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Vertical Paperback – January 1, 2011

3.7 out of 5 stars 132 customer reviews

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Editorial Reviews


Vertical -- Rex Pickett's long-anticipated sequel to his now iconic Sideways -- had me alternately laughing and crying through this hilarious, heartbreaking and ultimately moving meditation on Fame, Friendship and Family. Vertical managed to break my heart and then put it back together again, piece by piece ... and should abolish any lingering doubts whether the author just got "lucky" with Sideways. This is a work to be both admired and savored like the great Willamette Valley Pinots Miles exults over." --Marco Mannone, Forth Magazine

"Vertical" is an often over-the-top, sometimes poignant, always entertaining story peppered throughout with impenetrably obscure but colorfully descriptive and eminently accurate adjectives... . What happens on the trip north through California accounts for much of the hilarious, ludicrous and outrageous action..Rex Pickett has not let us down. --Kark Klooster, Oregon Wine Press

"Sideways," ....is arguably the most influential wine-themed book that became a film in American history. The film Sideways grossed $250 million... and people are still debating whether it alone caused Pinot Noir sales to spike, or was merely a factor in the variety's astonishing success. Now we have the follow up story in Vertical..." --Steve Heimoff, Wine Enthusiast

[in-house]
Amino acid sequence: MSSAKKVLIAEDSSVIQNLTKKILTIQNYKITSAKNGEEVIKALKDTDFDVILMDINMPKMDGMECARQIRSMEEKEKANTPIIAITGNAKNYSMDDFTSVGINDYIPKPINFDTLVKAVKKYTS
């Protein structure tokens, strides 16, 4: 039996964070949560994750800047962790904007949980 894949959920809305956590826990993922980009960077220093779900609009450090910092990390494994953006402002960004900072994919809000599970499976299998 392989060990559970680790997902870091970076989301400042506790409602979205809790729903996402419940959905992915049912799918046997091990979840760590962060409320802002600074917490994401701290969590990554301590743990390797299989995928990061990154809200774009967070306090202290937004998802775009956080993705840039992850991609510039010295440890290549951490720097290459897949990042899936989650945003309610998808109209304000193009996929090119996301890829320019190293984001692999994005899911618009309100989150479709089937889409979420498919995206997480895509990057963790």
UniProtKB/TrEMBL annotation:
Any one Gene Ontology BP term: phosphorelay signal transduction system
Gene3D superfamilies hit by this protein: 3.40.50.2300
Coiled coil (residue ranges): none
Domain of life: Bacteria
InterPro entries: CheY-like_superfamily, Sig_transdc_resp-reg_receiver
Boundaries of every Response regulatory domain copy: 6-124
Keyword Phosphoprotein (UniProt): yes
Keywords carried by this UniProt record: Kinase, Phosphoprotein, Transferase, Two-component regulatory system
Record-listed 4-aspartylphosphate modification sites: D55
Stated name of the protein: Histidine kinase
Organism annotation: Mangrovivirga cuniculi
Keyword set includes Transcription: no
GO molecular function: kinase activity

Rex Pickett shows that his gift for creating wildly funny scenes is quite intact... The book is laugh-out-loud funny. --Paul Jameson, New York Journal of Books

About the Author

Rex Pickett is a screenwriter and novelist living in Santa Monica, CA. His novel "Sideways" was made into the movie of the same title, directed and co-adapted by "Election" and "About Schmidt" filmmaker Alexander Payne. "Sideways" garnered over 350 prestigious awards from various critics and awards organizations, including, most notably, the Academy Award for Best Adapted Screenplay. It recently was voted as one of 101 Greatest Screenplays of All Time by the Writers Guild of America. Rex's script "My Mother Dreams the Satan's Disciples in New York" was the basis for the Barbara Schock-directed AFI film which won the 2000 Oscar for Best Live Action Short. He is currently writing a comedy series for HBO entitled "The Nose." "Vertical" is his second novel.

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Product Details

  • Paperback: 404 pages
  • Publisher: Loose Gravel Press LLC; 1 edition (January 1, 2011)
  • Language: English
  • ISBN-10: 0615392180
  • ISBN-13: 978-0615392189
  • Product Dimensions: 6 x 0.9 x 9 inches
  • Shipping Weight: 1.2 pounds
  • Average Customer Review: 3.7 out of 5 stars  See all reviews (132 customer reviews)